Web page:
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New Mexico governor fears expansion of Waste Isolation Pilot Plant, to take even more high level nuclear waste

Nuclear Nerves. Governor says she’s concerned about possible increase in radioactive shipments through Santa Fe County, but a bigger worry remains.

Reporter, By Bella DavisNovember 03, 2021

Santa Fe-area activists and residents have been sounding the alarm that more nuclear waste shipments will soon be traveling through the county on their way to the Waste Isolation Pilot Plant—the nation’s only long-term storage facility for transuranic radioactive waste, located near Carlsbad.

Equal parts questions and foreboding answers have dominated two recent town halls hosted by Santa Fe County officials and anti-nuclear activists. While the US Department of Energy is not exactly forthcoming about the future, Gov. Michelle Lujan Grisham says such expansion would be limited to the capacity of state vehicle inspections.

The Energy Department must submit to inspections for all WIPP trucks and trucks that leave Los Alamos National Laboratory under an intergovernmental agreement. New Mexico State Police conducts those inspections—averaging about six or seven a week with the capacity for 20. The agency does not plan to hire additional staff to increase inspection capabilities, Lt. Mark Soriano writes in an email to SFR.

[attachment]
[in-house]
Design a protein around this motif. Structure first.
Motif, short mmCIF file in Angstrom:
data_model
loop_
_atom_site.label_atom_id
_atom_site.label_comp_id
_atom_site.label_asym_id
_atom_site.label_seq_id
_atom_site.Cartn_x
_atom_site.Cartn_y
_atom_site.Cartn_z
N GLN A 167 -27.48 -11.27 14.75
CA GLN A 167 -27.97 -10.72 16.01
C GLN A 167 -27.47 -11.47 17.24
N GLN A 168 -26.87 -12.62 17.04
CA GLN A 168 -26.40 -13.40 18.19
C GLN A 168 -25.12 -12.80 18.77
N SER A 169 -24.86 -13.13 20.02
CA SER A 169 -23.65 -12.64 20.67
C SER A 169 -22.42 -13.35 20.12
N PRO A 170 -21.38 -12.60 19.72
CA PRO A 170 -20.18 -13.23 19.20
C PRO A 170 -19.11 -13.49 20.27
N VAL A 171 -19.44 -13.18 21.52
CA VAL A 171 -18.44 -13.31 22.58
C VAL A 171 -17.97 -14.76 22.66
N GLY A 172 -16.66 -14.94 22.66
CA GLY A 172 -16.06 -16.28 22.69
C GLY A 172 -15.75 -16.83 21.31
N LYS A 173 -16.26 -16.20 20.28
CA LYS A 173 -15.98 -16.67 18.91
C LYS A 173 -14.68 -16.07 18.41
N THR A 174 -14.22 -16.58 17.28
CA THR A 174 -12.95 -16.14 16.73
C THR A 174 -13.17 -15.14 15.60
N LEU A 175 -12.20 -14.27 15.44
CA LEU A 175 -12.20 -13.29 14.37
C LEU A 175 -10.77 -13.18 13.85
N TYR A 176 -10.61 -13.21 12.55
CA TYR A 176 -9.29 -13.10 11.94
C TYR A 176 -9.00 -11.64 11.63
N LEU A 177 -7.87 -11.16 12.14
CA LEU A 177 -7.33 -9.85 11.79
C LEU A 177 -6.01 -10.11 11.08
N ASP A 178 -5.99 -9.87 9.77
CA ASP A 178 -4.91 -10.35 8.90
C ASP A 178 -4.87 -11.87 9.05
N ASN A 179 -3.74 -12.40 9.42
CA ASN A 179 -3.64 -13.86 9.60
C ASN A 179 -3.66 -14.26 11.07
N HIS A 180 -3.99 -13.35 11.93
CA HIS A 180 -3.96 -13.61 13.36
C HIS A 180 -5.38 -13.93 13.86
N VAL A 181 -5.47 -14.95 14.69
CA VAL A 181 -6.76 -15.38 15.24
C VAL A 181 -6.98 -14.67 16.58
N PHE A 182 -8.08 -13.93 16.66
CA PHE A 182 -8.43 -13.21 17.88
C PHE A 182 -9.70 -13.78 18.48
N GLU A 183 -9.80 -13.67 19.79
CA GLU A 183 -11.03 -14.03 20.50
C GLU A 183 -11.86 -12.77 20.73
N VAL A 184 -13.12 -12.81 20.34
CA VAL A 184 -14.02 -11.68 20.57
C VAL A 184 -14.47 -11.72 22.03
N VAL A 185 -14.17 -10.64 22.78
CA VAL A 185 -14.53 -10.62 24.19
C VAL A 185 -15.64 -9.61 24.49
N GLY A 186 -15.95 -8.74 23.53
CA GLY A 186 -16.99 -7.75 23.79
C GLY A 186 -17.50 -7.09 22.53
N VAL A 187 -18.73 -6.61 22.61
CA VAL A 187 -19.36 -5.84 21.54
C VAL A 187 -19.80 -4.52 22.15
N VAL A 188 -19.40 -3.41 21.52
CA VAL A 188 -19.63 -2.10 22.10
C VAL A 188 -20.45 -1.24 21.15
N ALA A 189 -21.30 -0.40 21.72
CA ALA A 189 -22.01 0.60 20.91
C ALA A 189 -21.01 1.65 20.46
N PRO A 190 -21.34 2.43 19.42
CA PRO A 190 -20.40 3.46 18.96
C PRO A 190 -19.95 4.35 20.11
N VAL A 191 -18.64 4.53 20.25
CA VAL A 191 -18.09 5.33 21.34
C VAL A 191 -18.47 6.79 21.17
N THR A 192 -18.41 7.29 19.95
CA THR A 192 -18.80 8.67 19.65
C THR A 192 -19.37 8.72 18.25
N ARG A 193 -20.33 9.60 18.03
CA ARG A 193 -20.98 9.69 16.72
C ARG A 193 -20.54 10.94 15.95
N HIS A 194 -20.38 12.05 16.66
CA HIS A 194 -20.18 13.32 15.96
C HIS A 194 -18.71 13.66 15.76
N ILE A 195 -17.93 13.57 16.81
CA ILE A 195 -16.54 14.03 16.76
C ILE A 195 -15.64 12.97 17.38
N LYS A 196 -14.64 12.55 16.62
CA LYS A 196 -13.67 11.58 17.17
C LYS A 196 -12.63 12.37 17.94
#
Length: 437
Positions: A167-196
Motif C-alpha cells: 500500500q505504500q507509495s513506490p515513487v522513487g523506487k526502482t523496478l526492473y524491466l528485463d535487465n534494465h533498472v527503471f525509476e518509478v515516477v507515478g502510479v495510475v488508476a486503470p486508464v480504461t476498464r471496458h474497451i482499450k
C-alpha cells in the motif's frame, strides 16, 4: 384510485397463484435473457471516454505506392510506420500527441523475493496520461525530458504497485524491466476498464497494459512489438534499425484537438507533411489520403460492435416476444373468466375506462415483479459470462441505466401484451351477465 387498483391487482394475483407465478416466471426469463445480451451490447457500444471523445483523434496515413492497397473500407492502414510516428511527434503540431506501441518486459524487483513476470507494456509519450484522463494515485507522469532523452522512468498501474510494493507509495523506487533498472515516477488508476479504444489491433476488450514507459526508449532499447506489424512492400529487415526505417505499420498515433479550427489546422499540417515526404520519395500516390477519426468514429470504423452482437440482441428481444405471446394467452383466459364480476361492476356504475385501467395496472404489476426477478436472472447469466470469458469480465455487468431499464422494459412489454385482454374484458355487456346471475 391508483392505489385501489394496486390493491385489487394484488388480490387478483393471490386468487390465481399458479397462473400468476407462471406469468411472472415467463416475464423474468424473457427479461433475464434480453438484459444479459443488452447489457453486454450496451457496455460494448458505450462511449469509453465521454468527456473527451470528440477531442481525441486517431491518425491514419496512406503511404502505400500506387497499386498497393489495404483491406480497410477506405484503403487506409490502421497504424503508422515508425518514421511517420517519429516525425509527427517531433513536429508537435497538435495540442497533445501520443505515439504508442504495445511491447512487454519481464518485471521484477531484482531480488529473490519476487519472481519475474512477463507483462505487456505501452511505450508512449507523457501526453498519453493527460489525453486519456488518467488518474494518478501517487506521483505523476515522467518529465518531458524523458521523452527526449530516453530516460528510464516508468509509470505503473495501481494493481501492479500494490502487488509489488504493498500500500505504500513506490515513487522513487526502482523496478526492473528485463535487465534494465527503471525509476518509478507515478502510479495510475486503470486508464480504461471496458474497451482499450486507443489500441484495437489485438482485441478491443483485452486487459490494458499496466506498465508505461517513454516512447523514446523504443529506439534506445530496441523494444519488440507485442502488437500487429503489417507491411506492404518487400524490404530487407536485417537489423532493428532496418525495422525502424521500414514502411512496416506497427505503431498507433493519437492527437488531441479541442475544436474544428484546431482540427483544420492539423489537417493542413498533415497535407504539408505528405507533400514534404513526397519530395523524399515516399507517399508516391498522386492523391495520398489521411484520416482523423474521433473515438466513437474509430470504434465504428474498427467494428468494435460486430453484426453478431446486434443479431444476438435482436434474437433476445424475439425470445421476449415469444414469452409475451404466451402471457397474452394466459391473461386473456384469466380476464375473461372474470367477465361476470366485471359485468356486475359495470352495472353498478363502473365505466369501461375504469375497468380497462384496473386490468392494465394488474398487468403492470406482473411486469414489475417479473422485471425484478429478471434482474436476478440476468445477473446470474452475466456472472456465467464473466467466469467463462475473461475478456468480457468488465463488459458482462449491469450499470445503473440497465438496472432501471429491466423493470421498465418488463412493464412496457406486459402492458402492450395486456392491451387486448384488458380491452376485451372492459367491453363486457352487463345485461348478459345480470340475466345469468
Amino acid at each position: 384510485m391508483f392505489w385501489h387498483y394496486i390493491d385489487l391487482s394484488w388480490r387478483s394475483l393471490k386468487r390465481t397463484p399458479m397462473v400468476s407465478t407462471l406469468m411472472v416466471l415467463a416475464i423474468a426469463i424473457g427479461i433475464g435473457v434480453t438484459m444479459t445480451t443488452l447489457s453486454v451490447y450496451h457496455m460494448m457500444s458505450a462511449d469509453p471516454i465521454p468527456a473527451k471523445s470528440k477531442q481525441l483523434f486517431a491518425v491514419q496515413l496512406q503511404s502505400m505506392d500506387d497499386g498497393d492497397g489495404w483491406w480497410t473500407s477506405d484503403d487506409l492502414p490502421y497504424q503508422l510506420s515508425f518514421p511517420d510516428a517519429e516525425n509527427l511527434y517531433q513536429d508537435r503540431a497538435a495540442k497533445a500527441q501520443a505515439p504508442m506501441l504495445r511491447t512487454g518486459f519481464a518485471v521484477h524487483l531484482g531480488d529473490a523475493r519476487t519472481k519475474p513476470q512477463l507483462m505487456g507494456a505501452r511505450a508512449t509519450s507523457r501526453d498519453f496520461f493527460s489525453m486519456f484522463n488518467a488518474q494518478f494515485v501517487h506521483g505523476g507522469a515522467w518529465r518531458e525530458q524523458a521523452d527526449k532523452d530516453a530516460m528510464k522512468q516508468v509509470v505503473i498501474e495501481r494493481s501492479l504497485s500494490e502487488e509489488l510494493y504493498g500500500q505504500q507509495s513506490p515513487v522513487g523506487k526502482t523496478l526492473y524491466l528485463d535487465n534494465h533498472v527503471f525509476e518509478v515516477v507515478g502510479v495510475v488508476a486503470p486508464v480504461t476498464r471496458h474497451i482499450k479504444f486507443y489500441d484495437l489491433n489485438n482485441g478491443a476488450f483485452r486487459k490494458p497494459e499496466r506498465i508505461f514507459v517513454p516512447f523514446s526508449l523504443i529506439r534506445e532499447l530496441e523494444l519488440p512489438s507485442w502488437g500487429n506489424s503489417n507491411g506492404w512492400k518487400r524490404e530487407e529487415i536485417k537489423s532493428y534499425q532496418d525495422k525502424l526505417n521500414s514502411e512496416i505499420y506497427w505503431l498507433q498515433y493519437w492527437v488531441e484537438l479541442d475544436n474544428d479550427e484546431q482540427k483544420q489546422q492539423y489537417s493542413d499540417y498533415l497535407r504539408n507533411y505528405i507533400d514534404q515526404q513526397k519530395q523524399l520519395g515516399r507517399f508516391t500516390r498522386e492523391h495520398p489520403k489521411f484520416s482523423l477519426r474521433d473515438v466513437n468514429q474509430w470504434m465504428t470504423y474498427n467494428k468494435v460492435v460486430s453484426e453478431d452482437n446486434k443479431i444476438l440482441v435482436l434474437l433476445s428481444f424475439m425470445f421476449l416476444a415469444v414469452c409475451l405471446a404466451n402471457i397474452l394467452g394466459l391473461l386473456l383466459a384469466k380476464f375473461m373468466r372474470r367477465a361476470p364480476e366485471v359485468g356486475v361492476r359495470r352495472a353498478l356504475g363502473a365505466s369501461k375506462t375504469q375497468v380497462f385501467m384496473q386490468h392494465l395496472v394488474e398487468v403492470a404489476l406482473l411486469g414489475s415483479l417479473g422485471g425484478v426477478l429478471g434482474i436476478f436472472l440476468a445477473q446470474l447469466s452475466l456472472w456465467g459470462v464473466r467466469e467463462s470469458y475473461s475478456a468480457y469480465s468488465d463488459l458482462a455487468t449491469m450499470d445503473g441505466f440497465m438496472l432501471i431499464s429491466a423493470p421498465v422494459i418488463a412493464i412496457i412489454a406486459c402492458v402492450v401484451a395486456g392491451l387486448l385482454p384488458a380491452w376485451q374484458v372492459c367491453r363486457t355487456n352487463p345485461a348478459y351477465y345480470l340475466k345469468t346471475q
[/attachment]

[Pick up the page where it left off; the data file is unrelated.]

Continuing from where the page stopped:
The Department of Energy tells SFR the rate of shipments to WIPP is “expected to increase to 10-12 shipments per week” over the next few months, but it has also put in requests with the state to expand the facility’s underground capabilities and announced earlier this year that it was going to prepare an environmental impact statement to dispose of surplus plutonium at WIPP.

A spokeswoman for Lujan Grisham says the governor is concerned about the possibility of future WIPP expansion and the notion of increased nuclear materials shipments through the state. But Lujan Grisham believes there’s a more pressing, immediate problem embedded in New Mexico’s long relationship with the nuclear industry and all that comes with it.

Her “biggest concern,” Nora Meyers Sackett, the spokeswoman, says, is that the US Department of Energy “continues to prioritize shipments from other states to…WIPP while failing to expedite cleanup of waste at Los Alamos” National Laboratory.

Lujan Grisham says the Energy Department’s position is “unacceptable,” Meyers Sackett tells SFR in a series of answers to emailed questions.

In February, the New Mexico Environment Department sued DOE over what it says is a “continuing pattern of delay and noncompliance” of legacy waste cleanup at Los Alamos, asking for a court-supervised process to resolve the issue. In its initial answer to the lawsuit, DOE “denies that [the state] is entitled to the relief it seeks.” Settlement negotiations in federal court are ongoing…………

Weehler worries about an accident, the odds of which would go up with increased shipments under WIPP’s plans for expansion, and that emergency responders wouldn’t be able to respond fast enough before people were exposed…………

November 4, 2021 - Posted by | USA, wastes

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